Seven Skills You Must Master to Thrive in Your Career (Part 1)

When I work with executive coaching clients, I help them explore what they want most from their careers–and by extension, their lives–and then I help them get it.

To do this, we examine what their dream outcome would be. Once we clearly have this vision, we figure out how to make that a reality—this is no small task! In doing this exercise, we often uncover beliefs and skill gaps that need to be addressed before the goal can come to fruition.

Although each person’s journey is different and their story unique, there are some themes in terms of the competencies a person must develop in order to truly thrive professionally.

In this two-part post, I’ve pulled these themes together so you can see how you are progressing in developing these career muscles. In my experience coaching hundreds of professionals, these essential core skill sets come up, again and again, related to career success and satisfaction.

Here are skills 1-4, in no particular order:

1. Adaptability.

You’ve heard the saying, “The only thing that is constant is change.” Change is happening all around us, and to us, all the time. You need to be able to shift to stay relevant professionally if you are to achieve your goals. I often find myself encouraging clients to detach from the outcome. This means that you figure out what you most want to achieve, and then take steps to achieve it, as real life happens around you and unforeseen factors both help you progress and sometimes impede your progress. You have to make peace with the reality that you may not achieve the goal in the fashion you intended, but that doesn’t mean that you won’t get there. Remember: when a door closes, a window opens.

2. Persistence.

Obstacles are a reality of life. Projects get canceled, team members or managers leave the organization, and employment gets terminated. Fear arises when we try something new like presenting to the Board, interviewing with a powerful executive team, or readying ourselves for a new position with more authority, visibility, and risk. It can be tempting to turn back, stop trying, and/or declare failure when we encounter these barriers. And, that is precisely the moment to deliberately push forward, even if all you can manage in this moment is a tiny step.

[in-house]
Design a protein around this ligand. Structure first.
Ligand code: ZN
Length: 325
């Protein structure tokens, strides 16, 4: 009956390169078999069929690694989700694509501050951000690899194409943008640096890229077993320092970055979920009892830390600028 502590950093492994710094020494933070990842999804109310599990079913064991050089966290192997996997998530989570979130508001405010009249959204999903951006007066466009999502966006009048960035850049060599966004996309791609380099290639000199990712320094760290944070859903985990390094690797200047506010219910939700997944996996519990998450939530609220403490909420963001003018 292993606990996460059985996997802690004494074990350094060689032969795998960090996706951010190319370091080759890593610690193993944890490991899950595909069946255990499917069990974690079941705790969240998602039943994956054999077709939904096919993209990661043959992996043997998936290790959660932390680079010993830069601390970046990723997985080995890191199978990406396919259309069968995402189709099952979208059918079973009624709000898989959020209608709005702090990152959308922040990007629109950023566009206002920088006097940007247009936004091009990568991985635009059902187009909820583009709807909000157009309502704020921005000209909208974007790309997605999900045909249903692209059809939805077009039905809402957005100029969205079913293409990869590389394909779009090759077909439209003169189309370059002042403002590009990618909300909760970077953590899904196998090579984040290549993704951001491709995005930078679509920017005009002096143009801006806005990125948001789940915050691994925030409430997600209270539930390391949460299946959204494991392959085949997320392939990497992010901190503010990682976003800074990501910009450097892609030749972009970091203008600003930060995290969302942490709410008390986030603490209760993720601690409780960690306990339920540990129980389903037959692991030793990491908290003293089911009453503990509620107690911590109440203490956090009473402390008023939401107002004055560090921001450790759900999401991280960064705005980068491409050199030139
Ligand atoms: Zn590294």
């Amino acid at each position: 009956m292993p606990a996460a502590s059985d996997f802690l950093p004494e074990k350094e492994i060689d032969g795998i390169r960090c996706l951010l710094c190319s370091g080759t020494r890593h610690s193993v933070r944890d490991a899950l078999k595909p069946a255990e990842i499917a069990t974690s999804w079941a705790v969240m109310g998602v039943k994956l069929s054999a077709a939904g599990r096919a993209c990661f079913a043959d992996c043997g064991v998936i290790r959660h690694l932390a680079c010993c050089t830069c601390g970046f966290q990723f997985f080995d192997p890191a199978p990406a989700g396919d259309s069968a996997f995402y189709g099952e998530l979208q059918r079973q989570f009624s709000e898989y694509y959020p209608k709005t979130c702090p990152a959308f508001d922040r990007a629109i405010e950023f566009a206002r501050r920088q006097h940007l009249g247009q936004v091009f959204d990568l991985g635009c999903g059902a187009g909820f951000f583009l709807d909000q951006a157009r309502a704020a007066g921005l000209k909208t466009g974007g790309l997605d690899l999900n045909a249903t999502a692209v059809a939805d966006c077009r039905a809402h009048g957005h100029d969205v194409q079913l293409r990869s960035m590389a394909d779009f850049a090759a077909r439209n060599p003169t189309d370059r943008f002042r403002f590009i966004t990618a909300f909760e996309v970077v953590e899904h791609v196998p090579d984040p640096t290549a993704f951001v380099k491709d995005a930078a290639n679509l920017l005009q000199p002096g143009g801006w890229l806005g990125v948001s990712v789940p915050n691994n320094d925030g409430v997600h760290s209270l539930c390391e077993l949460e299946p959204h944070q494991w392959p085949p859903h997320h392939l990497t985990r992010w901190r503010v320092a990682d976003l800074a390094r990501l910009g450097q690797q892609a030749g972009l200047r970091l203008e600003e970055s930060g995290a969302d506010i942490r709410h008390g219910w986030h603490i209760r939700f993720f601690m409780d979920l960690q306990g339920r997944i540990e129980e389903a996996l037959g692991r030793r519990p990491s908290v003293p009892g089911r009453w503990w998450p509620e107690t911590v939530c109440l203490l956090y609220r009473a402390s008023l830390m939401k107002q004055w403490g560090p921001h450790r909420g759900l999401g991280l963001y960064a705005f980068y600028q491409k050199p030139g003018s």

Nervous about a big presentation? Make a bulleted outline. Want to write a book but can’t find the time? Write one paragraph a day for the first two weeks. You are literally training your body, mind, and spirit to know that obstacles are simply energy–and you can work with energy to shift it and ultimately move past it. Think about what you would tell a child struggling to achieve a goal. Now, tell that same message to yourself, stop thinking the blockage, and get on with it.

3. Action-orientation.

You have to take action before you’re ready. I can’t tell you how many people come through my doors feeling like they have to figure everything out before they take one step toward their goal. This is a trap and the path to broken dreams.

Cliché as it may sound, we don’t know how much time we have on this earth. You know enough already to get started toward making your goals a reality. Consistent baby steps help the goal become clearer, day-by-day.

Although I’m all for planning, I have seen so many times when clients–myself included–have fallen into analysis paralysis, and frustration builds rather than advances progress. If this sounds like something you fall prey to, simply take one action today toward your goal instead of thinking about it. You’ll be one step closer to what you want.

4. Inner kindness.

Language is powerful, both when talking to others and to ourselves. I am convinced from study and experience over ten years of coaching that people go further when they refuse to spend any of their energy belittling themselves.

If you find yourself saying things in your head like, “I can never get ahead” or “I’m never going to get what I want,” or “I can’t do it,” STOP! Exchange the words for something else.

We each have a finite amount of energy each day, like a gas tank. When you talk down to yourself, you deplete the energy in your tank. Save it and use it for something else, something that supports your dreams. This works, by the way, even if you don’t believe it. Our language has power; use it for good!

Note: It does not work to engage the inner critic in your head. Learn to acknowledge the voice and say, “Thank you for sharing,” and then continue towards your goals.

In Part 2 of this post, I will share the remaining three skills you must master. Be sure to check back to get all seven skills!

Photo credit: TC Morgan Joy is not in things; it is in us. via photopin All rights reserved by the author

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